Concerned about MOC? Consider Internal Medicine Recertification through the ABPS

Internal MedicineIf you are a physician who has achieved board certification through the American Board of Internal Medicine (ABIM), but you are concerned about the new Maintenance of Certification (MOC) requirements, there is another option. The Board of Certification in Internal Medicine (BCIM), a Member Board of the American Board of Physician Specialties® (ABPS®), provides a platform for qualified physicians who are board certified through another body to earn their recertification without the ongoing challenges and financial burden presented by the MOC requirements.

Qualified physicians who earned board certification through the ABIM might be eligible for recertification through the BCIM if they meet the eligibility requirements. Like all ABPS Member Boards, the BCIM is a rigorous, but fair, test of a physician’s knowledge and experience. Unlike the accumulated “points” requirements associated with MOC, recertification through the BCIM is required every eight years. This eliminates many of the chief complaints about the MOC requirements, including the “points” system and what many physicians consider a duplication of existing continuing medical education (CME) programs.

The ABPS will accept qualified Diplomates who are part of the American Board of Medical Specialties (ABMS) or the American Osteopathic Association Bureau of Osteopathic Specialists (AOABOS). To be clear, physicians who are currently board certified in internal medicine and would like to become recertified through the BCIM must meet the eligibility requirements, including:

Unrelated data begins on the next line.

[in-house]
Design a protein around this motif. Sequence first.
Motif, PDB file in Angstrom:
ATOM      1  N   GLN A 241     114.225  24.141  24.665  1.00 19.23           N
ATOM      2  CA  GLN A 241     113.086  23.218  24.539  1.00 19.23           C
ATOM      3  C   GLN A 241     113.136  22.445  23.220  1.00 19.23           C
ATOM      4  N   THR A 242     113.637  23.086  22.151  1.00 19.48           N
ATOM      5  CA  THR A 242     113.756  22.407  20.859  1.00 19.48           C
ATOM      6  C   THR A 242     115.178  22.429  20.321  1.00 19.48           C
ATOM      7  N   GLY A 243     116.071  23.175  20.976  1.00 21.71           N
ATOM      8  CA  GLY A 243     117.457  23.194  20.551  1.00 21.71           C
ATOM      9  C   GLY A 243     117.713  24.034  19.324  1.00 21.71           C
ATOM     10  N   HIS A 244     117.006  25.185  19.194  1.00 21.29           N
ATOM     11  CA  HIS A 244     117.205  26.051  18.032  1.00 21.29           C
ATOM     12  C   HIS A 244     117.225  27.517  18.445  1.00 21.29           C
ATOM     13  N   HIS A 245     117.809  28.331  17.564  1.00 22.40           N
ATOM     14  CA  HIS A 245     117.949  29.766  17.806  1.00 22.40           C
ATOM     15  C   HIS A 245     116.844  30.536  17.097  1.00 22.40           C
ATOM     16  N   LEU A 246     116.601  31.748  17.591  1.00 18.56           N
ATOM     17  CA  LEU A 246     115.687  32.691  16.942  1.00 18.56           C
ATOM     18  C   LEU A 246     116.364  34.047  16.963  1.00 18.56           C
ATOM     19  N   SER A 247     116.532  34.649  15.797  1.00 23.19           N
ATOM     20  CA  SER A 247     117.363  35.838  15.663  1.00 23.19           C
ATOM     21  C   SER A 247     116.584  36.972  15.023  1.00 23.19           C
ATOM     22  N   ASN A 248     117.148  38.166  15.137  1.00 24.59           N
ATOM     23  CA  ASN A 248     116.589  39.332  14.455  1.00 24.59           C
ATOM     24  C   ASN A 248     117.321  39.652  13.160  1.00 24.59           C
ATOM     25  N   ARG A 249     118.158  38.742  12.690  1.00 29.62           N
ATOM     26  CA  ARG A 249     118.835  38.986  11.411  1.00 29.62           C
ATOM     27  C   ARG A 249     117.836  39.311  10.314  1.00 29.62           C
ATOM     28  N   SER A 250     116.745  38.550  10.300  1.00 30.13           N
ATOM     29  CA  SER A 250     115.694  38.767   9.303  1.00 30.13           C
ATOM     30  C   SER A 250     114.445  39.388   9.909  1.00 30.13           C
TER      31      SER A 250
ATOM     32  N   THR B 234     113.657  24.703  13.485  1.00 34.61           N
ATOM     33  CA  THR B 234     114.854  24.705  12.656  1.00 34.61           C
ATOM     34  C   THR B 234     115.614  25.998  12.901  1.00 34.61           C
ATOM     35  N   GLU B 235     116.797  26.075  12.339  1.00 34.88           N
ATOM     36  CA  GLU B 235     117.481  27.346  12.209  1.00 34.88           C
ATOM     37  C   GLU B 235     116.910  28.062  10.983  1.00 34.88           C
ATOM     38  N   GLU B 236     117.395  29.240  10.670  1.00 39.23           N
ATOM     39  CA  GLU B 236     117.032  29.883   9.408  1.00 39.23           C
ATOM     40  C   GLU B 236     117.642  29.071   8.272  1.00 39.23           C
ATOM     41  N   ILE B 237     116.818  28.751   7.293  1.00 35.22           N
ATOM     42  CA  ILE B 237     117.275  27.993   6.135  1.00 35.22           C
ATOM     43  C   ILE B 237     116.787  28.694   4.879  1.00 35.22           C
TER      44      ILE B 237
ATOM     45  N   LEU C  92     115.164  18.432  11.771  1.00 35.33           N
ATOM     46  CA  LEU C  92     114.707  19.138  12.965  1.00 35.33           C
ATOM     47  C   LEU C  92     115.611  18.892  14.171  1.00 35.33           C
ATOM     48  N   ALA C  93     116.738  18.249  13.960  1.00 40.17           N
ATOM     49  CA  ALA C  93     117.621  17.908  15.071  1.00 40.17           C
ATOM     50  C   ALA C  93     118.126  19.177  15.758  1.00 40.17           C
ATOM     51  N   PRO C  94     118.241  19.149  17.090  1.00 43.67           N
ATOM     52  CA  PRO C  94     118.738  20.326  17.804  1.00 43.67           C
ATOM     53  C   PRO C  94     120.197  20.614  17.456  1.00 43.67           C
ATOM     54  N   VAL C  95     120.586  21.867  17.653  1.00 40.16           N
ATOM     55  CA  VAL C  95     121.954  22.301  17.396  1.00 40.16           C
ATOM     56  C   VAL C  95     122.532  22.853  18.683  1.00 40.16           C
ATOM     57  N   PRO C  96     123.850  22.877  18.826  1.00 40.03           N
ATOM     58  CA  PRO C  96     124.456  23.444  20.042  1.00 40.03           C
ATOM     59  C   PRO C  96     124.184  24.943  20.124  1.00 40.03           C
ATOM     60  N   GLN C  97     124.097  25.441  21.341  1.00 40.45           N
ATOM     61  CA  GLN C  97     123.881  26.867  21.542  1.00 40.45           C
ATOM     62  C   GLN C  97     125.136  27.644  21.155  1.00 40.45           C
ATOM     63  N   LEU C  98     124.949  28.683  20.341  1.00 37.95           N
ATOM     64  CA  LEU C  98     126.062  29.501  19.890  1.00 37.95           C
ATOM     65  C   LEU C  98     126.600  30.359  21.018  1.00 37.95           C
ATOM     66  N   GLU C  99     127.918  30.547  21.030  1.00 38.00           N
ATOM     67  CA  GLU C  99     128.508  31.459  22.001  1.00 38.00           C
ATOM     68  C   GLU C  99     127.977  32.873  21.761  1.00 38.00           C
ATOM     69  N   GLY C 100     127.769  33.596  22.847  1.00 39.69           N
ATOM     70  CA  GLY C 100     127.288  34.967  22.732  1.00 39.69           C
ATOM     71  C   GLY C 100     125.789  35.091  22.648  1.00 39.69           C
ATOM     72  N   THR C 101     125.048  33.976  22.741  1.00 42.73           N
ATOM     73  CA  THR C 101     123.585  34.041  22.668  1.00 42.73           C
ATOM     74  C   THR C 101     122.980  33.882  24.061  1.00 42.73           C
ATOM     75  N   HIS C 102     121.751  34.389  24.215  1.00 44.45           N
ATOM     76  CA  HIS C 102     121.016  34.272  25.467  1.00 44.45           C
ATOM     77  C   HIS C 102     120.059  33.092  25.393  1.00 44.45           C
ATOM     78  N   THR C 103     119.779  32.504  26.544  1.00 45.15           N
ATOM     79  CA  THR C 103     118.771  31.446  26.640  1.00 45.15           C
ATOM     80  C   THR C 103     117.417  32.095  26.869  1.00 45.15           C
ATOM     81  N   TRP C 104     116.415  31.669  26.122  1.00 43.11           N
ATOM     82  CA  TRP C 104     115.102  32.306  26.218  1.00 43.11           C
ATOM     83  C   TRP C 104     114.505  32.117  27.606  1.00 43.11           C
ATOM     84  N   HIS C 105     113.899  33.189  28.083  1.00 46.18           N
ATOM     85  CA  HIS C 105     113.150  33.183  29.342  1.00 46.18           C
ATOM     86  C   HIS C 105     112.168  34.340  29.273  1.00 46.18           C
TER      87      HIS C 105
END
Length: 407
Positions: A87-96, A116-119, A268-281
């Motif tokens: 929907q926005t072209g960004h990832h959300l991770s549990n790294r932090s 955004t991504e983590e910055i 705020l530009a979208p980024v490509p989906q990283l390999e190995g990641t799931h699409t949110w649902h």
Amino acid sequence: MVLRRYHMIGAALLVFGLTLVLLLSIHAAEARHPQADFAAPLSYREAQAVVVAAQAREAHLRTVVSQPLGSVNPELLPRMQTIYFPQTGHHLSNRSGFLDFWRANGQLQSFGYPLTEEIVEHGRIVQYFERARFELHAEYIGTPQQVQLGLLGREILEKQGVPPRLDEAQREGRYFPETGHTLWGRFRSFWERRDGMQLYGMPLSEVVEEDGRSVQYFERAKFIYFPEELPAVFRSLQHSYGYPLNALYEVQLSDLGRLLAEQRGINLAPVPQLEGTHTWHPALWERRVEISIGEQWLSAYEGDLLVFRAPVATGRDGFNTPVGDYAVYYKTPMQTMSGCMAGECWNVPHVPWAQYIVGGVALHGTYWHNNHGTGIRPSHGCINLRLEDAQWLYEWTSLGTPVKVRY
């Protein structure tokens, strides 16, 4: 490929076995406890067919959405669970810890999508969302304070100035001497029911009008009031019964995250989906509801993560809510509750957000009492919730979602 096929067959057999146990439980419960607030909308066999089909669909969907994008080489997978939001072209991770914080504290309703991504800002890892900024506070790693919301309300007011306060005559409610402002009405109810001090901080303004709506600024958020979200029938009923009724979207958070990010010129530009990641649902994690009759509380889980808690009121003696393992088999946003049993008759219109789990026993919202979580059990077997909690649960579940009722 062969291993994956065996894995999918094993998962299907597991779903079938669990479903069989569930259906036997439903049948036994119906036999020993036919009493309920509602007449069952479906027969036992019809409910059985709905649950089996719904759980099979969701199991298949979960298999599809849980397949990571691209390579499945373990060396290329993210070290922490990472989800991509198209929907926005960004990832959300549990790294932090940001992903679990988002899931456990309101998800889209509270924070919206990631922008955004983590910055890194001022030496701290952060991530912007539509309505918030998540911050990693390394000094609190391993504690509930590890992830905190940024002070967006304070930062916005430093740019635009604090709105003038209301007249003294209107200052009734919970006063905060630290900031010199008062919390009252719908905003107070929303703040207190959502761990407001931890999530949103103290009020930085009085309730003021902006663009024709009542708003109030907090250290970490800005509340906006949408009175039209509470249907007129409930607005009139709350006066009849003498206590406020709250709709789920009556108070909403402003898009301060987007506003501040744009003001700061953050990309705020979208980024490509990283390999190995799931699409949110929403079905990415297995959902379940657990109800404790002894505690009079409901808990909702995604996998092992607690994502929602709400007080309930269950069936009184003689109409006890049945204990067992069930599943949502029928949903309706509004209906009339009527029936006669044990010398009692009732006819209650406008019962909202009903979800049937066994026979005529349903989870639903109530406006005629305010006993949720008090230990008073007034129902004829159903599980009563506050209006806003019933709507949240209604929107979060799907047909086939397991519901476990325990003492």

• Documentation of an average of 50 hours of CME per year for the years since last certified or re-certified.
  • Completion of an average of 50 self-assessment CME exam questions per year.
  • Completion of 7.5 CME credits of medical ethics, as approved by the American Association of Physician Specialists, Inc.
  • Completion of 16 hours of AAPS-sponsored CME (may be waived before the first re-certification)
  • An active and unrestricted medical license(s)

To learn more about becoming recertified through the BCIM, or for information about recertification through other ABPS Member Boards, contact the ABPS. The ABPS is the official multi-specialty certifying board of the AAPS.


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Medical organizations throughout North America understand that our rigorous certification standards prove that ABPS Diplomates are capable of delivering the best patient care possible.

The American Board of Physician Specialties has provided me with the opportunity to demonstrate mastery of internal medicine through board certification. As a hospitalist, board certification is an expected credential, and hospitals recognize the American Board of Physician Specialties (ABPS) as one of the three standard credentialling bodies for Internal Medicine. Additionally, the ABPS has helped me develop leadership skills as a Board member and Committee Chairperson. ABPS has also helped me sharpen critical thinking skills as a test question developer and reviewer. The Allopathic (MD) and Osteopathic (DO) physicians in the ABPS are lifelong learners and frequently pursue multiple board certifications. I enjoy the camaraderie of my peers in ABPS.

Loren Jay Chassels, DO
Internal Medicine
When I think historically, advancement in medicine and patient safety and care has been driven by the diversity of people and scientific thought. That’s what I found at the ABPS and more. For over 60 years that is just who we are. I found a physician certifying body that provides a choice and voice to all physicians ensuring that patients are always placed first.

Jerry Allison, MD
Emergency Medicine
When I decided to pursue a full time role as a physician executive it was important to me to obtain additional professional training, education and work experience. Board certification through the ABPS in Administrative Medicine is validation of my efforts and a demonstration of dedication to professional development. We need more physicians to become full time health care executives, knowing there is a board certification option in Administrative Medicine encourages physicians to take the leap from full time clinical practice to healthcare organizational leadership.

Richard Paula, MD
Administrative Medicine